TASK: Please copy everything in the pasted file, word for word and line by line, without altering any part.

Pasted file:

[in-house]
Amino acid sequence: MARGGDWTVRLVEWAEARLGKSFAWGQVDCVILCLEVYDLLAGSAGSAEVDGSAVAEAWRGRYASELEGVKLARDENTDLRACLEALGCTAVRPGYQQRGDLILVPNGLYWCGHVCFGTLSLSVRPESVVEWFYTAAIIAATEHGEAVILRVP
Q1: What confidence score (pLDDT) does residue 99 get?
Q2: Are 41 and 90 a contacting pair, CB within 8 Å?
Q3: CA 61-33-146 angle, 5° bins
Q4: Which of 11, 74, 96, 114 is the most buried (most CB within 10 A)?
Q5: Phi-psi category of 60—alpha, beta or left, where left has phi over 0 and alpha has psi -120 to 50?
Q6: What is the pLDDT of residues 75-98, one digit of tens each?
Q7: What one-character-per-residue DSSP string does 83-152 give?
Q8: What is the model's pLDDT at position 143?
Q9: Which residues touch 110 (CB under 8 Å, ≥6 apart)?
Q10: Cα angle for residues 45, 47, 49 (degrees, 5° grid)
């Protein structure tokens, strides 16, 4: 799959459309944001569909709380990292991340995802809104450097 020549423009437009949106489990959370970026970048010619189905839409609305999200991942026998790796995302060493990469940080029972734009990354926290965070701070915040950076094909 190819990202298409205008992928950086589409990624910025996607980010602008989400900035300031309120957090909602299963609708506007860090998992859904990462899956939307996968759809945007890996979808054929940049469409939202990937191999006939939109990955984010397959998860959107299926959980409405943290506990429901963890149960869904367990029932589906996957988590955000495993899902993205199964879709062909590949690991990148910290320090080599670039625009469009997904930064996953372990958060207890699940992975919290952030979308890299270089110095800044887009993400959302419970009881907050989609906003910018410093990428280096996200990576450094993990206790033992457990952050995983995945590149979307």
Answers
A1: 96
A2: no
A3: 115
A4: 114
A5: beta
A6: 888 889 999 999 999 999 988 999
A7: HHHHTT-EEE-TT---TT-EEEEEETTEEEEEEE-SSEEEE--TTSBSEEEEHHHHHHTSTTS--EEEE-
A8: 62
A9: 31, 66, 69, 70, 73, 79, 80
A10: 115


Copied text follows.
[in-house]
Amino acid sequence: MARGGDWTVRLVEWAEARLGKSFAWGQVDCVILCLEVYDLLAGSAGSAEVDGSAVAEAWRGRYASELEGVKLARDENTDLRACLEALGCTAVRPGYQQRGDLILVPNGLYWCGHVCFGTLSLSVRPESVVEWFYTAAIIAATEHGEAVILRVP
Q1: What confidence score (pLDDT) does residue 99 get?
Q2: Are 41 and 90 a contacting pair, CB within 8 Å?
Q3: CA 61-33-146 angle, 5° bins
Q4: Which of 11, 74, 96, 114 is the most buried (most CB within 10 A)?
Q5: Phi-psi category of 60—alpha, beta or left, where left has phi over 0 and alpha has psi -120 to 50?
Q6: What is the pLDDT of residues 75-98, one digit of tens each?
Q7: What one-character-per-residue DSSP string does 83-152 give?
Q8: What is the model's pLDDT at position 143?
Q9: Which residues touch 110 (CB under 8 Å, ≥6 apart)?
Q10: Cα angle for residues 45, 47, 49 (degrees, 5° grid)
């Protein structure tokens, strides 16, 4: 799959459309944001569909709380990292991340995802809104450097 020549423009437009949106489990959370970026970048010619189905839409609305999200991942026998790796995302060493990469940080029972734009990354926290965070701070915040950076094909 190819990202298409205008992928950086589409990624910025996607980010602008989400900035300031309120957090909602299963609708506007860090998992859904990462899956939307996968759809945007890996979808054929940049469409939202990937191999006939939109990955984010397959998860959107299926959980409405943290506990429901963890149960869904367990029932589906996957988590955000495993899902993205199964879709062909590949690991990148910290320090080599670039625009469009997904930064996953372990958060207890699940992975919290952030979308890299270089110095800044887009993400959302419970009881907050989609906003910018410093990428280096996200990576450094993990206790033992457990952050995983995945590149979307």
Answers
A1: 96
A2: no
A3: 115
A4: 114
A5: beta
A6: 888 889 999 999 999 999 988 999
A7: HHHHTT-EEE-TT---TT-EEEEEETTEEEEEEE-SSEEEE--TTSBSEEEEHHHHHHTSTTS--EEEE-
A8: 62
A9: 31, 66, 69, 70, 73, 79, 80
A10: 115